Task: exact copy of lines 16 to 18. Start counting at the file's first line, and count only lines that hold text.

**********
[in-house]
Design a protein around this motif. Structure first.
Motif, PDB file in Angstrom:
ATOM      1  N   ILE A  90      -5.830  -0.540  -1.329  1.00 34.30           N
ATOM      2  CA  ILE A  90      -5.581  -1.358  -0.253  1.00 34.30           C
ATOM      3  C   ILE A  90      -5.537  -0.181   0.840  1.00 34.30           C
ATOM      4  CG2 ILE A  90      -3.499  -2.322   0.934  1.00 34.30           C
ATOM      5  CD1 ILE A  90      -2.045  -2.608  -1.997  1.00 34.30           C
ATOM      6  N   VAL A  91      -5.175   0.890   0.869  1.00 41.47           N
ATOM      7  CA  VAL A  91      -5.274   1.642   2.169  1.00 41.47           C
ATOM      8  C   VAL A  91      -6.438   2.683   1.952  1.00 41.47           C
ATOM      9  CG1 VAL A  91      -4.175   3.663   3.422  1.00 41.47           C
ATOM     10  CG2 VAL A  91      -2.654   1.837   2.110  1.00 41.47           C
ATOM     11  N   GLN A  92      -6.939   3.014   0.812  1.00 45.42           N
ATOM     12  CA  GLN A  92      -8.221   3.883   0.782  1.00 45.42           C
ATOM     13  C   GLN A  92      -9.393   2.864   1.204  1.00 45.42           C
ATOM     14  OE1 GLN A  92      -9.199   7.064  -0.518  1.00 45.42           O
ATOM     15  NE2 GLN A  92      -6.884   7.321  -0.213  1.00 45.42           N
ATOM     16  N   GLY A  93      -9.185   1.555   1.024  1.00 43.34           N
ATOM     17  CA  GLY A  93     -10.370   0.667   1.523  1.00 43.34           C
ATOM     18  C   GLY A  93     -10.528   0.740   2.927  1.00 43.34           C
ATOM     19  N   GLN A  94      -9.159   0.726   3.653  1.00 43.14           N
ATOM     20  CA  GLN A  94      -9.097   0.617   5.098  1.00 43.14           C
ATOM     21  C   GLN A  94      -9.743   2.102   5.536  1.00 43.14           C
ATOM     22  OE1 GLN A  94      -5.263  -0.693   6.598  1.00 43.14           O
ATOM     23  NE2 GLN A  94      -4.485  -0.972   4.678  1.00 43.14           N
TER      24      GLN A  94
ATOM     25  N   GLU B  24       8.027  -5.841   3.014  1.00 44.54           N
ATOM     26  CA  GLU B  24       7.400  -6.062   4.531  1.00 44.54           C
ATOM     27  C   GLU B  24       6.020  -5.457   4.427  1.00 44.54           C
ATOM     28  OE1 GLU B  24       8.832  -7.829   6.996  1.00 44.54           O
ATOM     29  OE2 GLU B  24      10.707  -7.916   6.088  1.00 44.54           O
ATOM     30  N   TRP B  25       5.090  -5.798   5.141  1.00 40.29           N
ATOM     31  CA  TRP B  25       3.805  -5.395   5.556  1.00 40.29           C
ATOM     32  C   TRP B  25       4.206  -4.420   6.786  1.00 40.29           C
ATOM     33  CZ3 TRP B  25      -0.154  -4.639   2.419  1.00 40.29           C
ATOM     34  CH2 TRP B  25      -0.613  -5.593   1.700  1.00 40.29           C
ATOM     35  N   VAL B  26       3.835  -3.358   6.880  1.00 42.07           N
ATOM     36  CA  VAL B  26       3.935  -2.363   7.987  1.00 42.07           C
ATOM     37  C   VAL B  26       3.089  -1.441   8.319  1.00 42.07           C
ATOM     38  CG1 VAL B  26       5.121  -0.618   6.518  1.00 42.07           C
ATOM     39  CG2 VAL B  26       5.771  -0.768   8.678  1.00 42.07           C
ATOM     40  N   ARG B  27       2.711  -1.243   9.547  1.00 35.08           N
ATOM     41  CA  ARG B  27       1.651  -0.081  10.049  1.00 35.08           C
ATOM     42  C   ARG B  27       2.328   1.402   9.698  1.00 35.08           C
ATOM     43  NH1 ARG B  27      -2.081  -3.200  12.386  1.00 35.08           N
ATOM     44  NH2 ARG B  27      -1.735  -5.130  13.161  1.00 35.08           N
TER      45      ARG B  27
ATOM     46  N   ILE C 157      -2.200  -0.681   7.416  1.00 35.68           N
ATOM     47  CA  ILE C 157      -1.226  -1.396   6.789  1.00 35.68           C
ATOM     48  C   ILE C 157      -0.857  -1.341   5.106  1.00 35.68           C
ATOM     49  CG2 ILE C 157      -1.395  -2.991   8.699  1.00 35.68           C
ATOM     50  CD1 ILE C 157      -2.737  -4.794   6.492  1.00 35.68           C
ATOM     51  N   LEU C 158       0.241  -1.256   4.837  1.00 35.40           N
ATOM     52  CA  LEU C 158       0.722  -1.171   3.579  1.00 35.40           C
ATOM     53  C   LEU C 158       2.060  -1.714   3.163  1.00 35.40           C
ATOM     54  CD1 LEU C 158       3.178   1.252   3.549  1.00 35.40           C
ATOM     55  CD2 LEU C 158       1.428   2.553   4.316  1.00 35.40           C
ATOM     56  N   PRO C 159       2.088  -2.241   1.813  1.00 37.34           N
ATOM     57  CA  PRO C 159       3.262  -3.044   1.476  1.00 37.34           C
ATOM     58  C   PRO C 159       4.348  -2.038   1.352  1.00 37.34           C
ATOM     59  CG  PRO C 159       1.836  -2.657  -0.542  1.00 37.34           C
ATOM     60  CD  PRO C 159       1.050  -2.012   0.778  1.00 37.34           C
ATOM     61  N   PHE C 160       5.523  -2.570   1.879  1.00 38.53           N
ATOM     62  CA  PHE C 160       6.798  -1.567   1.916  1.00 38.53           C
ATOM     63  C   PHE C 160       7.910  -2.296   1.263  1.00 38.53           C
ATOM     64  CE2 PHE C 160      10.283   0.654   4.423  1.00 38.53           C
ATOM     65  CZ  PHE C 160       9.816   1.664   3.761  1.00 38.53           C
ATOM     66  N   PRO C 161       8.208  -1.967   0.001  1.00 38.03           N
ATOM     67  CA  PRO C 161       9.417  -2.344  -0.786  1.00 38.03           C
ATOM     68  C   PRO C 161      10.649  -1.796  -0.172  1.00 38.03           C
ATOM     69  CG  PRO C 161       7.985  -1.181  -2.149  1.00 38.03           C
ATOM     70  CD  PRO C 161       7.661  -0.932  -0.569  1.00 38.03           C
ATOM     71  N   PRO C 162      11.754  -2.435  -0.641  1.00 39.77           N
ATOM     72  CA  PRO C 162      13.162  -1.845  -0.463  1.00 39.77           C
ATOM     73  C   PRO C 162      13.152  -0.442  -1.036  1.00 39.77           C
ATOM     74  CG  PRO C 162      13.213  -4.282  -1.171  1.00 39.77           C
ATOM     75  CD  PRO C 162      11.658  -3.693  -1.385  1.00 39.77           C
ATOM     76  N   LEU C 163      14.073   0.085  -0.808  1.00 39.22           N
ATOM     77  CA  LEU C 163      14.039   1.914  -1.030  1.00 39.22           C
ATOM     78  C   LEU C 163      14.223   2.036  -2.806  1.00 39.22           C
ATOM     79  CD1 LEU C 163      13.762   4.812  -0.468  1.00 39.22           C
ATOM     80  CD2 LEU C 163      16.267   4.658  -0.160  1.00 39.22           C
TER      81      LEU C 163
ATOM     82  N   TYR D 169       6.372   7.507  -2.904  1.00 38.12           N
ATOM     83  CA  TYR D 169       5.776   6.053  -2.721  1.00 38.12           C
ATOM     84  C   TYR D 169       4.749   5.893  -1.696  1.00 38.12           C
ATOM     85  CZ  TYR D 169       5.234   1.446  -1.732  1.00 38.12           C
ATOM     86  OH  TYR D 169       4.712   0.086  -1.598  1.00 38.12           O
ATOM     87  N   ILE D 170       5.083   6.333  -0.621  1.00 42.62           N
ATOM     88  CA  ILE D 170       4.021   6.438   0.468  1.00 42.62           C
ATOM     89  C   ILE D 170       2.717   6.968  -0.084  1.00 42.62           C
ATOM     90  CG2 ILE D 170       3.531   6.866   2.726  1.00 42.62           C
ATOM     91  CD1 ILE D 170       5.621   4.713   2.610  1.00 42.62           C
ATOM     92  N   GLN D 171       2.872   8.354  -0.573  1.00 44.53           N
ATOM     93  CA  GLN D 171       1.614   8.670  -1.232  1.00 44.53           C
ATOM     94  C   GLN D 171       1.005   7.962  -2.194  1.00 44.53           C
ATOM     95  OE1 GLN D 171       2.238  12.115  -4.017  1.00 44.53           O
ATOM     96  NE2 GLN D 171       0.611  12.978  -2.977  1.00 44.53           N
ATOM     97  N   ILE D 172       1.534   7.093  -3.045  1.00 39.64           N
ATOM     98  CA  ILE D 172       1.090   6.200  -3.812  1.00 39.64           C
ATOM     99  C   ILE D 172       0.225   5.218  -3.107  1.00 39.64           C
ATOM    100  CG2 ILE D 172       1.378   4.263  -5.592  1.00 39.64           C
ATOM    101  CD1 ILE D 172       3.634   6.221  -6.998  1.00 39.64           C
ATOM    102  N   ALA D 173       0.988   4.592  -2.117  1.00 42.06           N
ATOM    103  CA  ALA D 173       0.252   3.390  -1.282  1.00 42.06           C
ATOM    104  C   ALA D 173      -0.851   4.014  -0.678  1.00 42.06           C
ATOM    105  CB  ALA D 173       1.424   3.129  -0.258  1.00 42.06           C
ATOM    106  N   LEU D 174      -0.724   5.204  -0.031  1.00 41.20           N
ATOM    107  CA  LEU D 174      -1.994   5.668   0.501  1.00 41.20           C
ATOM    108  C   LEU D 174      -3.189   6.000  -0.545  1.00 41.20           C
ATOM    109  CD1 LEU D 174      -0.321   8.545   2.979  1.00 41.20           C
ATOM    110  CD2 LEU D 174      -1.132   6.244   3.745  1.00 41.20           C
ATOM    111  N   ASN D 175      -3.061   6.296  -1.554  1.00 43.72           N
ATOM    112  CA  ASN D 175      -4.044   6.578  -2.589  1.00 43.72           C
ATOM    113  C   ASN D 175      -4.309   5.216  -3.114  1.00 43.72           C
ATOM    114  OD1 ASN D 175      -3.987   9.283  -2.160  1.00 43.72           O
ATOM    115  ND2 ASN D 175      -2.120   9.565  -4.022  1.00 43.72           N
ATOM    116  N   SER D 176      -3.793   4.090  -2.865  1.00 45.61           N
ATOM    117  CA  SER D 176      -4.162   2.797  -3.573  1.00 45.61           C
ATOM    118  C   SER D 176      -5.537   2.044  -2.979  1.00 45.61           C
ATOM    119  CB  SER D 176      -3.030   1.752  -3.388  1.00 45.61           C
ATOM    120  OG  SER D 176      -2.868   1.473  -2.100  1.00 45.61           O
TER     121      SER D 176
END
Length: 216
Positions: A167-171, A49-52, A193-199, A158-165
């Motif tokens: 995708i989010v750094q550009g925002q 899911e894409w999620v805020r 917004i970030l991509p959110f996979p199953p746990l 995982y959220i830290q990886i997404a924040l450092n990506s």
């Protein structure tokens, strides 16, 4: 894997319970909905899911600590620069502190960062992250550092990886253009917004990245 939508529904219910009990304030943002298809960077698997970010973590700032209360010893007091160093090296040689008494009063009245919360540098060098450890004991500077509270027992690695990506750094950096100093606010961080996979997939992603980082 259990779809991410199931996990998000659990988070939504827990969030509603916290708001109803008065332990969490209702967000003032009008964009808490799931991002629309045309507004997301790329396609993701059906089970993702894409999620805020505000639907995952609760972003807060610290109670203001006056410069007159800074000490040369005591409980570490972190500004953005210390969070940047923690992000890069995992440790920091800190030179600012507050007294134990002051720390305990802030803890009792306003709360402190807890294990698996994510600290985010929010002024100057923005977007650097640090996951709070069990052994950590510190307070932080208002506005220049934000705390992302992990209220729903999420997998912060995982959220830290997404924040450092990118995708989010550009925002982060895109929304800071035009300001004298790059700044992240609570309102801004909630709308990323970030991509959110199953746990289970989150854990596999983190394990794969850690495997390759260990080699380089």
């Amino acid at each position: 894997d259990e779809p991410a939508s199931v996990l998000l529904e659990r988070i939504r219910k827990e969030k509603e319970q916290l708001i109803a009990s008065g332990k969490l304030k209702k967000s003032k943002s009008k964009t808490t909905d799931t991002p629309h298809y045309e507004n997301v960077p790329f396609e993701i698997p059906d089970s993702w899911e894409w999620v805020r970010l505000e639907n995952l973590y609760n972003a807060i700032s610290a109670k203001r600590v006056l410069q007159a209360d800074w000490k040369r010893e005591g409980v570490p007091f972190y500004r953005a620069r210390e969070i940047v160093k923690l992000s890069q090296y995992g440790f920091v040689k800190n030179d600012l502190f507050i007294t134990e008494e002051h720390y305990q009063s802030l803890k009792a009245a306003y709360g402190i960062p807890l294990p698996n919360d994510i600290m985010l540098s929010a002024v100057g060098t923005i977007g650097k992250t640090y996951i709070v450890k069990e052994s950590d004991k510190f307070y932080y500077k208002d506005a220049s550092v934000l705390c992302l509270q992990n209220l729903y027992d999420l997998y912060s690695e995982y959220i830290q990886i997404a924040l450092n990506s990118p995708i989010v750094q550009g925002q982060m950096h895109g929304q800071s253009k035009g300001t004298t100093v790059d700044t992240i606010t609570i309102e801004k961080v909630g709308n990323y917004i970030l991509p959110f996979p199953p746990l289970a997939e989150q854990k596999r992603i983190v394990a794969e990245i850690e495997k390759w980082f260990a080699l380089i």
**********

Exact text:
ATOM     13  C   GLN A  92      -9.393   2.864   1.204  1.00 45.42           C
ATOM     14  OE1 GLN A  92      -9.199   7.064  -0.518  1.00 45.42           O
ATOM     15  NE2 GLN A  92      -6.884   7.321  -0.213  1.00 45.42           N